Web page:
BORIS Johnson has appointed a fellow Bullingdon Club member to a role advising him on ethical standards in public life.

Ewan Fergusson can be seen as part of the infamous picture from 1987 that includes former prime minister David Cameron (second from top left) and current Prime Minister Boris Johnson.

The Bullingdon Club was a notorious elite dining society at Oxford University.

Johnson has appointed his university friend, now a lawyer, to the Committee on Standards in Public Life, which recently carried out a review of lobbying laws after the Greensill scandal spurned by Cameron asking senior ministers for help with Covid funds.

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The UK Government insists that the Prime Minister’s decision to give Ewen Fergusson a seat on the committee was an “open and fair competition”.

But Labour has criticised the appointment of the City lawyer, citing it as an example of “Conservative cronyism”.

Fergusson has spent most of his career at international law firm Herbert Smith Freehills and is a non-magistrate member of the Lord Chancellor’s advisory committee for south-east England, according to his official government biography.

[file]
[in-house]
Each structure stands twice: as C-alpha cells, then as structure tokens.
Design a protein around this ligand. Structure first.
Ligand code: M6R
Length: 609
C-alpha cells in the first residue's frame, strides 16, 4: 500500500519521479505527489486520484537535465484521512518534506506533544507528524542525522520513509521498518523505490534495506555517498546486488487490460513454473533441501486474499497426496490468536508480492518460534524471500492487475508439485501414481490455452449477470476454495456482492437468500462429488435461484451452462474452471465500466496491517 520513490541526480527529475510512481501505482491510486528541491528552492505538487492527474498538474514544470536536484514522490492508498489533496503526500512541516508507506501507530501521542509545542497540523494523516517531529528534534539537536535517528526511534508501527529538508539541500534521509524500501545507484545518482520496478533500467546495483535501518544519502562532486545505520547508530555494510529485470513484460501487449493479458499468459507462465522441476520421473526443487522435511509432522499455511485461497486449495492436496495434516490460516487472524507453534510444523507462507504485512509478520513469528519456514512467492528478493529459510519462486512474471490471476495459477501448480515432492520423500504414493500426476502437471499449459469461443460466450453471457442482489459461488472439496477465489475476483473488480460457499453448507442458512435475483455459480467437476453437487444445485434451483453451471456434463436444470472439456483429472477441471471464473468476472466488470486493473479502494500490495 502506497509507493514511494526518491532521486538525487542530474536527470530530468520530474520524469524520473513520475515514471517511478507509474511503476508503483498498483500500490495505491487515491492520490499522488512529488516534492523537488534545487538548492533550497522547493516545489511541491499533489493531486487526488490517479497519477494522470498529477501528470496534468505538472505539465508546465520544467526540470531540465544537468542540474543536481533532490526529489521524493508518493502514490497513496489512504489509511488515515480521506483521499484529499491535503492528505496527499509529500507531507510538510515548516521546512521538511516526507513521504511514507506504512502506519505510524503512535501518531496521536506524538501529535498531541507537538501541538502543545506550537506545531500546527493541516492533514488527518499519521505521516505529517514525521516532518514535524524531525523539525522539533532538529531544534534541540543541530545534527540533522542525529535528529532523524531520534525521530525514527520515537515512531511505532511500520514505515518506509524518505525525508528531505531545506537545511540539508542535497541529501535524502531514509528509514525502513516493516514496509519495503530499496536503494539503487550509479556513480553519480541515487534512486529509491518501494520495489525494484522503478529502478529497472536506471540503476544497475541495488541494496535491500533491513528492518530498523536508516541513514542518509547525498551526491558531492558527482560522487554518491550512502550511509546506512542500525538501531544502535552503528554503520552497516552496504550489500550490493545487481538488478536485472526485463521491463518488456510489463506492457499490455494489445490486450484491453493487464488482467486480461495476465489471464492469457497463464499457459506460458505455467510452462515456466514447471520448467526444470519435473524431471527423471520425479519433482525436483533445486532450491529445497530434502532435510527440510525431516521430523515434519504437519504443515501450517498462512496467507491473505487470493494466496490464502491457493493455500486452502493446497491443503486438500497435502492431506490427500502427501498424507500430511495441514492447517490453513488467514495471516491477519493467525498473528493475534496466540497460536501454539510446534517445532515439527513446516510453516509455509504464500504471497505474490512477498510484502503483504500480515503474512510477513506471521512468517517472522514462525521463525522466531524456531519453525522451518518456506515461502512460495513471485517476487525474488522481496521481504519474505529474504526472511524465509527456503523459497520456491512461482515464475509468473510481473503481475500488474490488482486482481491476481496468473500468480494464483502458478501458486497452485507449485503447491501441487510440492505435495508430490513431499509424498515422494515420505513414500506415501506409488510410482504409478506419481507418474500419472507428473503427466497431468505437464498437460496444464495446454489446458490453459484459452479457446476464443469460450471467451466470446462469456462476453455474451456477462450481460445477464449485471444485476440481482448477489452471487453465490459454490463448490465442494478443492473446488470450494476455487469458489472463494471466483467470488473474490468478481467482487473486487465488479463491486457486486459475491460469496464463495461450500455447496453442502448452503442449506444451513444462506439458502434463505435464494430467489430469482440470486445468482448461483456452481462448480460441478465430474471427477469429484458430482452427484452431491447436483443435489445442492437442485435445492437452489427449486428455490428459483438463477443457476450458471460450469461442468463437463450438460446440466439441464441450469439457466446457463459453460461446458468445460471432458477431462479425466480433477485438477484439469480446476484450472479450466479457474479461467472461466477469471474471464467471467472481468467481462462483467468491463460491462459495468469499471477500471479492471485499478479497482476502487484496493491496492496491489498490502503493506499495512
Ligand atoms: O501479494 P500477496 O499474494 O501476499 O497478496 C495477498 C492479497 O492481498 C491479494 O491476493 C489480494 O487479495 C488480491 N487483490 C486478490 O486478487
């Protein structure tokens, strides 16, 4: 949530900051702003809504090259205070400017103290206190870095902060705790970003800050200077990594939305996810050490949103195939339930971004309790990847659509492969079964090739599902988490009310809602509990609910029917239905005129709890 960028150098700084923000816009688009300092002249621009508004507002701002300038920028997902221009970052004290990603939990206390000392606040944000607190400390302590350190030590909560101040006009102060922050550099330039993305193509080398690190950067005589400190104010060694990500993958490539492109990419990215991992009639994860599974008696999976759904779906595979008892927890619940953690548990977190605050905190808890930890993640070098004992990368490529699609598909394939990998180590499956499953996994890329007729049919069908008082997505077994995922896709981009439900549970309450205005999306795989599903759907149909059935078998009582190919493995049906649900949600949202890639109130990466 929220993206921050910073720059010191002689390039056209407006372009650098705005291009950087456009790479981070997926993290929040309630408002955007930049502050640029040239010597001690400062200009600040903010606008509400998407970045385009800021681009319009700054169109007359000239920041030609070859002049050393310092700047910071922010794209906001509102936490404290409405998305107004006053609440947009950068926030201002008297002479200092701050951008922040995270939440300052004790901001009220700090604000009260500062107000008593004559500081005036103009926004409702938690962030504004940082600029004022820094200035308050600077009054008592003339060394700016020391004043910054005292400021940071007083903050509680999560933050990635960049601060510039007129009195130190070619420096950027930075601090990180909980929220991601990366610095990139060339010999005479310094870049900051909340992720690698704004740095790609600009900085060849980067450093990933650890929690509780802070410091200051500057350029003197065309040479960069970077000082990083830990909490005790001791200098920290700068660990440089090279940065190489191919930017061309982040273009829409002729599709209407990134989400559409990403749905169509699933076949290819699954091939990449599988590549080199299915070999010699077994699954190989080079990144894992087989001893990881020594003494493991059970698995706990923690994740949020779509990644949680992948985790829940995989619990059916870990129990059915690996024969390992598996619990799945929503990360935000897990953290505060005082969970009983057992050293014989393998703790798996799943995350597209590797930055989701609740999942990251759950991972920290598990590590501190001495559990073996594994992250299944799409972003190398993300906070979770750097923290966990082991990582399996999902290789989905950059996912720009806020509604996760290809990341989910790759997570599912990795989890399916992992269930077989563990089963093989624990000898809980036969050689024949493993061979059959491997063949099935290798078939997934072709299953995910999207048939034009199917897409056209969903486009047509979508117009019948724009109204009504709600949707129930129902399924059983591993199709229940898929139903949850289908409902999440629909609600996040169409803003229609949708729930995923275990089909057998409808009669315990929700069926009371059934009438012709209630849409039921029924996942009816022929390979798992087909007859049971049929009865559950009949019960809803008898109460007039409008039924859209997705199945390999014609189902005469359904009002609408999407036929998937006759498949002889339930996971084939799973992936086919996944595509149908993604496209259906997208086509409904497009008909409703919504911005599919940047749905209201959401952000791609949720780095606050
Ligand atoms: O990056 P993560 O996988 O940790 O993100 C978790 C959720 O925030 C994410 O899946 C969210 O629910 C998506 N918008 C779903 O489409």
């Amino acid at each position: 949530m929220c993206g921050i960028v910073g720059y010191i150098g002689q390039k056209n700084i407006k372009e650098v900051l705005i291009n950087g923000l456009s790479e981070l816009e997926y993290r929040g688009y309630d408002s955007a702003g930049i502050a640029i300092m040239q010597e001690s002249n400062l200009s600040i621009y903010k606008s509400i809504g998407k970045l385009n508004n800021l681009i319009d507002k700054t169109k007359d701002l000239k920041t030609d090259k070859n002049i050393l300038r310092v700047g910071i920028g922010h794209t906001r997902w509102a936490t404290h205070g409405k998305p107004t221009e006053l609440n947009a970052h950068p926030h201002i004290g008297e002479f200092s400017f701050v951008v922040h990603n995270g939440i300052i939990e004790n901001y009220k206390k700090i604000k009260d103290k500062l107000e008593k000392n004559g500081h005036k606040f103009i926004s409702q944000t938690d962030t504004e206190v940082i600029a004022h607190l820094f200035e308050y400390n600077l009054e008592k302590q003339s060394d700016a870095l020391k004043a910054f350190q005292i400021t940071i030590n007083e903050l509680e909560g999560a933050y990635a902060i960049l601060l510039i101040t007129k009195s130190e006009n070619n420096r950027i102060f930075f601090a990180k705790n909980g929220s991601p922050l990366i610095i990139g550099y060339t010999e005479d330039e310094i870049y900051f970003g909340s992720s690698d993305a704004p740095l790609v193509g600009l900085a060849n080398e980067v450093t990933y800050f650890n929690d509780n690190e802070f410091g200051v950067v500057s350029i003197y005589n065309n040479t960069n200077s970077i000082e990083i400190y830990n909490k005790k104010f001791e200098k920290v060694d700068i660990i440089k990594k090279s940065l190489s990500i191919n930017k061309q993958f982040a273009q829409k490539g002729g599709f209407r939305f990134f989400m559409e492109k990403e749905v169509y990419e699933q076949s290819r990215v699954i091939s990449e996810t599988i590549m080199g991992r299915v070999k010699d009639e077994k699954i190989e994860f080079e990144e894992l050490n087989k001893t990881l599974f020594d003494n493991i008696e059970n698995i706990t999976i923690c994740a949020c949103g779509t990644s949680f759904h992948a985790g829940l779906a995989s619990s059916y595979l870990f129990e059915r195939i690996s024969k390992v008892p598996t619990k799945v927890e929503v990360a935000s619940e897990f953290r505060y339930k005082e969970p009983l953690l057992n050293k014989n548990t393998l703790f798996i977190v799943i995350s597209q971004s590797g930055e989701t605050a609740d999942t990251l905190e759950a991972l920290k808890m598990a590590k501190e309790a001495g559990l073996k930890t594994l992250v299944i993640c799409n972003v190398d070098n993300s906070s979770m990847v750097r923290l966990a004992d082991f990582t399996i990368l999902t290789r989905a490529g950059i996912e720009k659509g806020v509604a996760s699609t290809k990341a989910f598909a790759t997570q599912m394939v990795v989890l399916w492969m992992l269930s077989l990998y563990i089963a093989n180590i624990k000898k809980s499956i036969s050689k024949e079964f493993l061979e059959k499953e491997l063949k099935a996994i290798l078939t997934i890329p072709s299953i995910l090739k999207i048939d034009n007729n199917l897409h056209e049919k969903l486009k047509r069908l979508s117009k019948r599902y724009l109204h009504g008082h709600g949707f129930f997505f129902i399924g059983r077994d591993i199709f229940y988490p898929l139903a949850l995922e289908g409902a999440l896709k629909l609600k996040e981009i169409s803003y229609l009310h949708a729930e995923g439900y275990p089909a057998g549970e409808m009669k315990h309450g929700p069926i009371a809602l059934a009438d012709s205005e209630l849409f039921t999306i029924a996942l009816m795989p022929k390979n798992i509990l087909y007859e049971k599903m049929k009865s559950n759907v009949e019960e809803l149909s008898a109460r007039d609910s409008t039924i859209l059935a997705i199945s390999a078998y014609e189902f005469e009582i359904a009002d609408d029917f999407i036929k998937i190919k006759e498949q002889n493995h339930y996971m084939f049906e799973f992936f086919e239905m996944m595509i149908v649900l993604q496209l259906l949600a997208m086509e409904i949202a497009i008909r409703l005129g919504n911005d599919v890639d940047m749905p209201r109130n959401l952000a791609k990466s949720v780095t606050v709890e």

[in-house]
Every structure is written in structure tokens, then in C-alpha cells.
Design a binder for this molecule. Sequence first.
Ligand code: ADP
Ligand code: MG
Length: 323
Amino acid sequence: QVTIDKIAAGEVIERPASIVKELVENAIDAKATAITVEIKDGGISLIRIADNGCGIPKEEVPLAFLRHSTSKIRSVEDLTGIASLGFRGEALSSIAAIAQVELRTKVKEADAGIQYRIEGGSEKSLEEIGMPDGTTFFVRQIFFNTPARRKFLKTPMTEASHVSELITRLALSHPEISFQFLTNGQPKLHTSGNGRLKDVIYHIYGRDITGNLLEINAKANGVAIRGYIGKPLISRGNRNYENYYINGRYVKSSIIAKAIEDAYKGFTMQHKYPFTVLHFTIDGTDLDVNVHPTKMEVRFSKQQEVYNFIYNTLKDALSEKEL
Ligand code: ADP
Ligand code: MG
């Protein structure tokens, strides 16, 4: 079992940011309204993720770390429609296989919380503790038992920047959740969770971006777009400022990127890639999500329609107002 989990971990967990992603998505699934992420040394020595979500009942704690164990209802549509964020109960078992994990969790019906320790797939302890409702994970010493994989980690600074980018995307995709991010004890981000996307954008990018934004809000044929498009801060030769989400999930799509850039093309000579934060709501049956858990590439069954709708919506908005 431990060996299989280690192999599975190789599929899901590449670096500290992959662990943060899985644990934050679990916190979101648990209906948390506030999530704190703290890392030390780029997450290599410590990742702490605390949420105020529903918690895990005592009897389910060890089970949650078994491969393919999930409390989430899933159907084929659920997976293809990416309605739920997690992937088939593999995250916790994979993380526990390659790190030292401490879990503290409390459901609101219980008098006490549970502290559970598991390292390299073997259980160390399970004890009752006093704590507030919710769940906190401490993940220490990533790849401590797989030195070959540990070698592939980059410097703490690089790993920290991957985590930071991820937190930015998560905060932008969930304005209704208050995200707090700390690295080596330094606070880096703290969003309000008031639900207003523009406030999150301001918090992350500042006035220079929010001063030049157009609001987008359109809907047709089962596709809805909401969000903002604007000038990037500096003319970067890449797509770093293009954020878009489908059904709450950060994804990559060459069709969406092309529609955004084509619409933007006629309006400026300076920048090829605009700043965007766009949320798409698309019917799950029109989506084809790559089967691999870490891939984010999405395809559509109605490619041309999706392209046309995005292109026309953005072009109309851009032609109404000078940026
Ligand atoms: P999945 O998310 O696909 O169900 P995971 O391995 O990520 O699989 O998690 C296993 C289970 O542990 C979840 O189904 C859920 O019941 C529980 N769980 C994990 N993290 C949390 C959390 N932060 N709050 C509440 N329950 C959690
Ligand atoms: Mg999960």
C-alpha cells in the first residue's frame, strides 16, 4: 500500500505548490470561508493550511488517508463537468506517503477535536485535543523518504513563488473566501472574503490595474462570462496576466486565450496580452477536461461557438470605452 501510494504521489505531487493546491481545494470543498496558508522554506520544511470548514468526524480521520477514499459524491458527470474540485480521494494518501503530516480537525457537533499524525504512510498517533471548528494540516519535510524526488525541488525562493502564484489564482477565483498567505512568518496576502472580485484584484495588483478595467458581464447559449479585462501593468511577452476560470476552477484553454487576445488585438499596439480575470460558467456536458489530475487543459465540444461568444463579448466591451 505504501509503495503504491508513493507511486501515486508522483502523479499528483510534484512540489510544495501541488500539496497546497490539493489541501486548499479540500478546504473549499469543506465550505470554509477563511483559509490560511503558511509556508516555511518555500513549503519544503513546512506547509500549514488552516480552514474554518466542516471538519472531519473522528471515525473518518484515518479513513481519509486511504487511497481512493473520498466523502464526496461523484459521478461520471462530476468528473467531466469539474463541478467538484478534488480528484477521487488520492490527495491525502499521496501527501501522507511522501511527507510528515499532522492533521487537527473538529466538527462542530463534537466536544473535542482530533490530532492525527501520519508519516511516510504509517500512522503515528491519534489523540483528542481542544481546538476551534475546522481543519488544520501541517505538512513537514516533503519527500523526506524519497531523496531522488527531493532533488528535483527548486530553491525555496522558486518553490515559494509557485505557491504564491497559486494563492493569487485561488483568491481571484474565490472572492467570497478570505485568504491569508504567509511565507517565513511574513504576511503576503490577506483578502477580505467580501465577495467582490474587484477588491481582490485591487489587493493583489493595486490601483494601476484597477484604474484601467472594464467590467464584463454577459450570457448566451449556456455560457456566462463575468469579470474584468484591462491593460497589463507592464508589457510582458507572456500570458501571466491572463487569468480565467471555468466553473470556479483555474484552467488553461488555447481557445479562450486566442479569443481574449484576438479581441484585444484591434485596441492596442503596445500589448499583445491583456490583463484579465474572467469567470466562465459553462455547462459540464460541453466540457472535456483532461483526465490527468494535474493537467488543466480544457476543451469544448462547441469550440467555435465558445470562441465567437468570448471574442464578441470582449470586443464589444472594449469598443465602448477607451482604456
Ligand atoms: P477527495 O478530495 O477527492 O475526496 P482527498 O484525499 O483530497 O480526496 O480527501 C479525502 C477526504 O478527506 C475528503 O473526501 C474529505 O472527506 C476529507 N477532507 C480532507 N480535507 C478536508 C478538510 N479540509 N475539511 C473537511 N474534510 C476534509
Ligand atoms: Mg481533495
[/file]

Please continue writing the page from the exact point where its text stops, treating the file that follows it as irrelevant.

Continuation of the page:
The appointment, made yesterday, will see Fergusson take up one of the four independent posts on the along with Oxford politics academic Professor Gillian Peele, on the committee currently chaired by Lord Evans, the former head of MI5.

The committee has no formal powers and is only advisory.

Fergusson and Prof Peele’s five-year terms start next month and they will be able to claim £240 for each day they work on committee business and for expenses incurred.

Deputy Labour leader Angela Rayner (below) has called for all correspondence with No 10 relating to Fergusson’s appointment to the advisory committee to be published.

The National:

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“This is more of the same Conservative cronyism. This Prime Minister does not even care to hide it,” said the shadow chancellor of the Duchy of Lancaster.

“The Government must publish all the correspondence between the Cabinet Office, the panel and Downing Street relating to this appointment.

“If it does not, it will confirm the suspicion that they think there is one rule for them and another for everyone else.”

A Cabinet Office spokesman said: “Mr Fergusson applied through open and fair competition, following the Governance Code for Public Appointments.

“His application was carefully considered on its merits by the Advisory Assessment Panel, which interviewed him and found that he was appointable.”